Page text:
‘Retrospective’ show features works by Grady Byrd

Grady Byrd of Ocean Springs has enjoyed a long career that has centered around his love of illustration.

“The one good thing about this profession is as long as you have fingers and your eyes, you can do it forever. It’s a compulsion,” Byrd, 80, said. “When you don’t draw, you feel real bad, and when you do draw, you feel good. It’s that simple.”

The size of his body of work is evident in “Retrospective,” a show that opened last month in the MGCCC Jackson County Fine Arts Gallery in Gautier. The show will hang through Oct. 29. The gallery is open from 9 a.m.-3 p.m. weekdays.

This is his second show at the gallery. His first was in 2011 shortly after Marcus “Marc” Poole discovered Byrd. Poole is an art instructor and gallery director at the community college, and he met Byrd where the illustrator sets up a table each year in front of the Villa Maria during the Peter Anderson Arts & Crafts Festival.

bogue chitto blues
“Bogue Chitto Blues” was executed by Grady Byrd on handmade bark paper with pencil. Photos courtesy of Marc Poole, MGCCC

A native of Bogue Chitto, Byrd’s talent was recognized at a young age when he was awarded an art scholarship to Mississippi College.

“I decided to join the Marine Corps, and I got to go all over the world instead,” he said.

He was a staff artist for “Leatherneck” magazine and later a combat artist for “Camp Lejeune Globe.” He said he learned a lot about drawing and illustration during his years in the Corps.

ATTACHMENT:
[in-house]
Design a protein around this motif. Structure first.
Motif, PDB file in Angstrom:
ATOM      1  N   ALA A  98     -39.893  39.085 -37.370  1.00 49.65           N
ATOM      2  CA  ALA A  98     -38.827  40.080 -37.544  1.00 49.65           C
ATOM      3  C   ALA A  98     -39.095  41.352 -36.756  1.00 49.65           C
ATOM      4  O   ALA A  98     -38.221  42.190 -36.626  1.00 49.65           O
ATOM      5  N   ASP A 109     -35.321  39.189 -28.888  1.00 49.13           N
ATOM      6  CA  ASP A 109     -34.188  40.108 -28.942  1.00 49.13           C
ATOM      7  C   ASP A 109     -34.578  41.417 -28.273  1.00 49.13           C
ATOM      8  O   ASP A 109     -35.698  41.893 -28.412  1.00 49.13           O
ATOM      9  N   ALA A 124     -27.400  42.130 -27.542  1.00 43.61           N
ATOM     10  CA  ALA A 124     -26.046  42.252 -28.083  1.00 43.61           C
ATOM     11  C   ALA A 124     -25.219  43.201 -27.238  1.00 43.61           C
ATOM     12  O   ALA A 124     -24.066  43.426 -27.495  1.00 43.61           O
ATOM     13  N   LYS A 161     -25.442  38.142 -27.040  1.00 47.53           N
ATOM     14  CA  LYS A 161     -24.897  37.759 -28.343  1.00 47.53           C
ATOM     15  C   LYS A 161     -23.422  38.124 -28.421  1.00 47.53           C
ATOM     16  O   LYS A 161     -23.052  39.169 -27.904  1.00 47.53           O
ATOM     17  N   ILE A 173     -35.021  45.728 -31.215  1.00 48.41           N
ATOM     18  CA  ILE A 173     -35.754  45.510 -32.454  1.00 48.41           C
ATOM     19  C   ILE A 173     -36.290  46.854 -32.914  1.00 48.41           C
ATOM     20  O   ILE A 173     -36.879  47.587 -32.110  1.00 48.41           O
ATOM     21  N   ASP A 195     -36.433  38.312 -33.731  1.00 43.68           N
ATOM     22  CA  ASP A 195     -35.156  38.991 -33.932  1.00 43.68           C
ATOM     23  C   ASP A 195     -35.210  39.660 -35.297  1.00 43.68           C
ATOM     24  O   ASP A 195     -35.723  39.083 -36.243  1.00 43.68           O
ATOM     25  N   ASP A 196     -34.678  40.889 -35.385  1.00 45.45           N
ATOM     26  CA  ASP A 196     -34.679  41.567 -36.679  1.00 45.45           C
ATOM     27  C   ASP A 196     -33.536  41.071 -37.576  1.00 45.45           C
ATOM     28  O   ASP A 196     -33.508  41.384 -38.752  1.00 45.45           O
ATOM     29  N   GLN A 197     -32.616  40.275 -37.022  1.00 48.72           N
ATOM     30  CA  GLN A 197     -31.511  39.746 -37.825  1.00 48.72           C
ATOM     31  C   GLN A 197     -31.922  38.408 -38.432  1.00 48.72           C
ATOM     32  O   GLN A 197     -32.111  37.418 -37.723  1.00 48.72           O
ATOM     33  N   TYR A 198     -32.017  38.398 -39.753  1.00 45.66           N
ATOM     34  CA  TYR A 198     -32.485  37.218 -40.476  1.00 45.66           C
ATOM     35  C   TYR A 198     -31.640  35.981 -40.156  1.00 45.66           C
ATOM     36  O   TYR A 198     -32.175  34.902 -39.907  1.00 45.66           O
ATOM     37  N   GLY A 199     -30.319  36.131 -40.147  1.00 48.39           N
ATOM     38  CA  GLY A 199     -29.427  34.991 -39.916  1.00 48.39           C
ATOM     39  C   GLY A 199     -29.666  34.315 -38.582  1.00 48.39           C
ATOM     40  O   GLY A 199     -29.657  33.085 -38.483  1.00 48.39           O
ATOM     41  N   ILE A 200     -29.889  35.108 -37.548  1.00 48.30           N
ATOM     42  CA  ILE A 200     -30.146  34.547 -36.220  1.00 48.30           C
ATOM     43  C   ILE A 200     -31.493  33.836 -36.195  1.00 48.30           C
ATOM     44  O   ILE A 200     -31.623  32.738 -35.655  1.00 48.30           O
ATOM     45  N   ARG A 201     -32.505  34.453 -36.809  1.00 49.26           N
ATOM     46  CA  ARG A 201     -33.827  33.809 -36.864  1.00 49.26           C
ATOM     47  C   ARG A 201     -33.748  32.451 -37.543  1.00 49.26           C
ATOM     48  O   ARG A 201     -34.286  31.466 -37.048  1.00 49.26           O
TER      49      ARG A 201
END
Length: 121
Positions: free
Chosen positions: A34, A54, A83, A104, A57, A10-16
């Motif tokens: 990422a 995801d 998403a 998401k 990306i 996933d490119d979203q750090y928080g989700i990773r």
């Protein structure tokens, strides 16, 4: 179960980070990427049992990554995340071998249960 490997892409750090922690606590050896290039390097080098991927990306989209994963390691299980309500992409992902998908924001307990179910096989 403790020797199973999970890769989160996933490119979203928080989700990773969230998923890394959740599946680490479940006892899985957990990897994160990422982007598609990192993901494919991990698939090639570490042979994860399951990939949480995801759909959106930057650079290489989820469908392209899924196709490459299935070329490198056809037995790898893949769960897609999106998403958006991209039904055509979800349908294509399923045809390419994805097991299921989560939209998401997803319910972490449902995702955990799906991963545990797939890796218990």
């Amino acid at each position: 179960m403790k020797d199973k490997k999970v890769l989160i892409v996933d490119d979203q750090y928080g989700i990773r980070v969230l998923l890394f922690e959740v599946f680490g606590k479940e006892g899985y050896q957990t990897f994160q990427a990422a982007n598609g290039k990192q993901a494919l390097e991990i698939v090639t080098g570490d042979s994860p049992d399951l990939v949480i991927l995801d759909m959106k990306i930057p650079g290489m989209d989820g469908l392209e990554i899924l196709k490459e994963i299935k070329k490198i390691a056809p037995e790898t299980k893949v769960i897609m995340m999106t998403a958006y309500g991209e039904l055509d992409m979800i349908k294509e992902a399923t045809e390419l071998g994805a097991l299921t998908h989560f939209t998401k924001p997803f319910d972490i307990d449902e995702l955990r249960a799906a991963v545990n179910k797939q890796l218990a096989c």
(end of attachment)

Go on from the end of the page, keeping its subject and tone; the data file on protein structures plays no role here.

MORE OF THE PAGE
After serving seven years, Byrd left the Marine Corps. He was able to transition his job to civil service, moving to Keesler Air Force Base in 1967. He and his family settled in Ocean Springs.

“My main job was doing illustrations for ‘Keesler News.’ You were told what is needed for a story, and then I had to come up with a way to illustrate it,” Byrd said. “I got all the hard assignments like child abuse or alcoholism. I had to come up with ways to depict the subjects subtly.”

While he had a full time day job, he would work at nights at home producing his art that went to galleries, including in New Orleans and one he shared with renowned artist Emmitt Thames in the Hansboro community of Gulfport.

Byrd developed an original “water-black” style in his drawings that was featured in “Today’s Art,” a trade magazine published in New York. As a result, there was an elevation of black and white acceptance with representation in prominent fine art galleries and museums and unprecedented sale prices.

Mother Teresa Grady Byrd
“Mother Teresa” was created by Grady Byrd in 1984. Photos courtesy of Marc Poole, MGCCC.

Byrd, for the most part, has produced black and white art because he is color blind.

“I was so bad that it couldn’t be ranked. I never had to learn my colors. I focused on being a black and white illustrator,” he said.

One of Byrd’s most renowned pieces is a portrait of Mother Teresa. He had a vision of the nun in 1984 while in his mother’s hospital room. The portrait he created has been embraced by the Catholics for widespread use, and it lead to him creating a commemorative poster of Pope John Paul II for his second pastoral visit to the United States in 1987. The original mixed media painting now hangs in the New Orleans Archdioceses’ foyer and has been appraised at $25,000.

Byrd retired from civil service in 1987. He work has continued to win awards at art exhibitions and be featured in magazines and books. His latest honor was the inclusion in the National Museum of the Marine Corps for the combat art he created while on assignment to the Dominican Republic.

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Written by Susan Ruddiman


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